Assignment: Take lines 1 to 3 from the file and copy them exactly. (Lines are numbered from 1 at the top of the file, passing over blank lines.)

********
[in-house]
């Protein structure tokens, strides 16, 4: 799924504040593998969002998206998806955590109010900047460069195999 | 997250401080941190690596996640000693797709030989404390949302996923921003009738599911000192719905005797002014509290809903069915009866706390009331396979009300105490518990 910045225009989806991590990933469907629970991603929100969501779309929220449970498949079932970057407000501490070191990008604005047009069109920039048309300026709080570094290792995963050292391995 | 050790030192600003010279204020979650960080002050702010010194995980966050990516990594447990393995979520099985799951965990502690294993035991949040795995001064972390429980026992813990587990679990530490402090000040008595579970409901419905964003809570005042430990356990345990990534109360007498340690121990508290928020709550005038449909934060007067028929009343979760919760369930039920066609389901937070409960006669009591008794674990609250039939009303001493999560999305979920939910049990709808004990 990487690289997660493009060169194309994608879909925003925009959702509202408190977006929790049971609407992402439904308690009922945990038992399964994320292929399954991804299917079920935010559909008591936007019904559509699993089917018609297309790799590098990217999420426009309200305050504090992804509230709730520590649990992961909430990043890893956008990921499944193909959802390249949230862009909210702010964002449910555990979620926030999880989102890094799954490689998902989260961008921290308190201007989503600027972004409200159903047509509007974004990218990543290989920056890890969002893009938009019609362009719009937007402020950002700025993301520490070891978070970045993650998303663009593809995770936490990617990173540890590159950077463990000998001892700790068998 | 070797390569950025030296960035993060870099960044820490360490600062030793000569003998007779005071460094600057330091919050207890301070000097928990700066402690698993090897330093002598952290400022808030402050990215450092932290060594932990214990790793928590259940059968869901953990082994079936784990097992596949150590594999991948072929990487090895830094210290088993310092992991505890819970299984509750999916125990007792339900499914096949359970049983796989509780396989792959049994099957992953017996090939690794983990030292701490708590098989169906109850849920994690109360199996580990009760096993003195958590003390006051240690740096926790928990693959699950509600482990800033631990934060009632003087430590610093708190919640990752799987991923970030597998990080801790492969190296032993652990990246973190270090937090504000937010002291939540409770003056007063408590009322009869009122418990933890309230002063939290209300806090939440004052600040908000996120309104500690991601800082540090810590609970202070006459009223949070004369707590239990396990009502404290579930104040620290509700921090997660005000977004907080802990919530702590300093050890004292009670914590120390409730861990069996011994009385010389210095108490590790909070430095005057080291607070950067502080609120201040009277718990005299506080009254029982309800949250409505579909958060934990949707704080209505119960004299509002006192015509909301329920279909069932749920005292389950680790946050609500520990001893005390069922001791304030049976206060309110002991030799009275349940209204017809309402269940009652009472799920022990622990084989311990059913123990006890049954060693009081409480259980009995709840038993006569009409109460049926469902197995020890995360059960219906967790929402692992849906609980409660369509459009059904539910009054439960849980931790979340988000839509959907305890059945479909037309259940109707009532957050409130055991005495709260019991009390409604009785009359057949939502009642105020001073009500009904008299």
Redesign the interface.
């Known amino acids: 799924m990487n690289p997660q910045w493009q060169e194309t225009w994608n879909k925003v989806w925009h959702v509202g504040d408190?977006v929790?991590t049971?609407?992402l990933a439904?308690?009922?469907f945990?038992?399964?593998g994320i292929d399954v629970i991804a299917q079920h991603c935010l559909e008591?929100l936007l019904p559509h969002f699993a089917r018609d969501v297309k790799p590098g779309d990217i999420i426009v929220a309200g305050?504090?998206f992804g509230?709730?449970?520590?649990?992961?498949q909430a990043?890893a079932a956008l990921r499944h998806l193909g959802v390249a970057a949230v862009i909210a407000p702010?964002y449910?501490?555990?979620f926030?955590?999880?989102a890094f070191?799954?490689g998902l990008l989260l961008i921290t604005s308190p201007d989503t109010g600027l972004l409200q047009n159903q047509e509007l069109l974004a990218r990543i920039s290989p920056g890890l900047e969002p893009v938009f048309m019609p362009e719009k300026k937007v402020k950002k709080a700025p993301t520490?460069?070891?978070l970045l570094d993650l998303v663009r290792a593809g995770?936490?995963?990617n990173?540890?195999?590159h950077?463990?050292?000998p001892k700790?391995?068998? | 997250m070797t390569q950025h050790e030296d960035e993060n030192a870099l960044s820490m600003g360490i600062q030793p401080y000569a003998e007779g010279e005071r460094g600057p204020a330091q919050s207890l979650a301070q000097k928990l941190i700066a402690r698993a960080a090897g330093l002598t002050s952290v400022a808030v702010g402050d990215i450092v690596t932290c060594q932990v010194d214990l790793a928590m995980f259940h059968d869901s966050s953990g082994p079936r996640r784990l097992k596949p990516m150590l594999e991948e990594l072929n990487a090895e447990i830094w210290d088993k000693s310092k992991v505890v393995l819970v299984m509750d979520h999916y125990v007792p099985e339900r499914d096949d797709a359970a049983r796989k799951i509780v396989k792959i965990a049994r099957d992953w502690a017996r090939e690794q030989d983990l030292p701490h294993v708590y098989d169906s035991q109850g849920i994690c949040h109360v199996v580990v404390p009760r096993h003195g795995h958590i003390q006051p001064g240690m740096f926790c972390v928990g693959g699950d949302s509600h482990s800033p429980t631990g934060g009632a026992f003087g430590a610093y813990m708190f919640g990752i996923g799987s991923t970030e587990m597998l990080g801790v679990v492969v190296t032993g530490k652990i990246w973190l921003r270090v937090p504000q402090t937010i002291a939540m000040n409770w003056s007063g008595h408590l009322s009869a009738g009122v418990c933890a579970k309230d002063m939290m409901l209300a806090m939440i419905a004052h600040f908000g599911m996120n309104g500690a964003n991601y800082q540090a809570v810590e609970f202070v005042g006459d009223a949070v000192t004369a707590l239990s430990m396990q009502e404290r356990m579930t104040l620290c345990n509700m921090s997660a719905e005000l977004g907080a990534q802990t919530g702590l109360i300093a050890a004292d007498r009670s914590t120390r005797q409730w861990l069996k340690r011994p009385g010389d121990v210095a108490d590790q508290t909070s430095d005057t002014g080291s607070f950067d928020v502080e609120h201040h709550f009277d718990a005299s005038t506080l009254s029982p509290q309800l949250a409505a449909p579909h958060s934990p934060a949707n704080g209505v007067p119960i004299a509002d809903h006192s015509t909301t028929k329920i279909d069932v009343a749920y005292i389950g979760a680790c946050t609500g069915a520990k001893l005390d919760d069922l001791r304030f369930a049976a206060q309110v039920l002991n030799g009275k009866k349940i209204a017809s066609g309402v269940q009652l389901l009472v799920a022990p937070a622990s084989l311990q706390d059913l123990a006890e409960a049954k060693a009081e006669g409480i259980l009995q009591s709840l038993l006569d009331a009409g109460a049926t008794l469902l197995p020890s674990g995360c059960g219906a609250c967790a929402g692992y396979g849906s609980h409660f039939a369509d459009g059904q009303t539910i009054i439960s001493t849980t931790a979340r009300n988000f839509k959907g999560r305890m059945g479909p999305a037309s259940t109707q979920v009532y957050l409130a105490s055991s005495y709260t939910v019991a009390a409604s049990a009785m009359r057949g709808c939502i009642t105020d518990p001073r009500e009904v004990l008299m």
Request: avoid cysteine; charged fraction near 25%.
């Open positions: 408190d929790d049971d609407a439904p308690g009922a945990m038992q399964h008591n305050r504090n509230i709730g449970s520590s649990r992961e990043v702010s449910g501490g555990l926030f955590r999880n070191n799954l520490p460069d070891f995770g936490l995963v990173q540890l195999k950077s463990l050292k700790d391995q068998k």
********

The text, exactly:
[in-house]
């Protein structure tokens, strides 16, 4: 799924504040593998969002998206998806955590109010900047460069195999 | 997250401080941190690596996640000693797709030989404390949302996923921003009738599911000192719905005797002014509290809903069915009866706390009331396979009300105490518990 910045225009989806991590990933469907629970991603929100969501779309929220449970498949079932970057407000501490070191990008604005047009069109920039048309300026709080570094290792995963050292391995 | 050790030192600003010279204020979650960080002050702010010194995980966050990516990594447990393995979520099985799951965990502690294993035991949040795995001064972390429980026992813990587990679990530490402090000040008595579970409901419905964003809570005042430990356990345990990534109360007498340690121990508290928020709550005038449909934060007067028929009343979760919760369930039920066609389901937070409960006669009591008794674990609250039939009303001493999560999305979920939910049990709808004990 990487690289997660493009060169194309994608879909925003925009959702509202408190977006929790049971609407992402439904308690009922945990038992399964994320292929399954991804299917079920935010559909008591936007019904559509699993089917018609297309790799590098990217999420426009309200305050504090992804509230709730520590649990992961909430990043890893956008990921499944193909959802390249949230862009909210702010964002449910555990979620926030999880989102890094799954490689998902989260961008921290308190201007989503600027972004409200159903047509509007974004990218990543290989920056890890969002893009938009019609362009719009937007402020950002700025993301520490070891978070970045993650998303663009593809995770936490990617990173540890590159950077463990000998001892700790068998 | 070797390569950025030296960035993060870099960044820490360490600062030793000569003998007779005071460094600057330091919050207890301070000097928990700066402690698993090897330093002598952290400022808030402050990215450092932290060594932990214990790793928590259940059968869901953990082994079936784990097992596949150590594999991948072929990487090895830094210290088993310092992991505890819970299984509750999916125990007792339900499914096949359970049983796989509780396989792959049994099957992953017996090939690794983990030292701490708590098989169906109850849920994690109360199996580990009760096993003195958590003390006051240690740096926790928990693959699950509600482990800033631990934060009632003087430590610093708190919640990752799987991923970030597998990080801790492969190296032993652990990246973190270090937090504000937010002291939540409770003056007063408590009322009869009122418990933890309230002063939290209300806090939440004052600040908000996120309104500690991601800082540090810590609970202070006459009223949070004369707590239990396990009502404290579930104040620290509700921090997660005000977004907080802990919530702590300093050890004292009670914590120390409730861990069996011994009385010389210095108490590790909070430095005057080291607070950067502080609120201040009277718990005299506080009254029982309800949250409505579909958060934990949707704080209505119960004299509002006192015509909301329920279909069932749920005292389950680790946050609500520990001893005390069922001791304030049976206060309110002991030799009275349940209204017809309402269940009652009472799920022990622990084989311990059913123990006890049954060693009081409480259980009995709840038993006569009409109460049926469902197995020890995360059960219906967790929402692992849906609980409660369509459009059904539910009054439960849980931790979340988000839509959907305890059945479909037309259940109707009532957050409130055991005495709260019991009390409604009785009359057949939502009642105020001073009500009904008299």
Redesign the interface.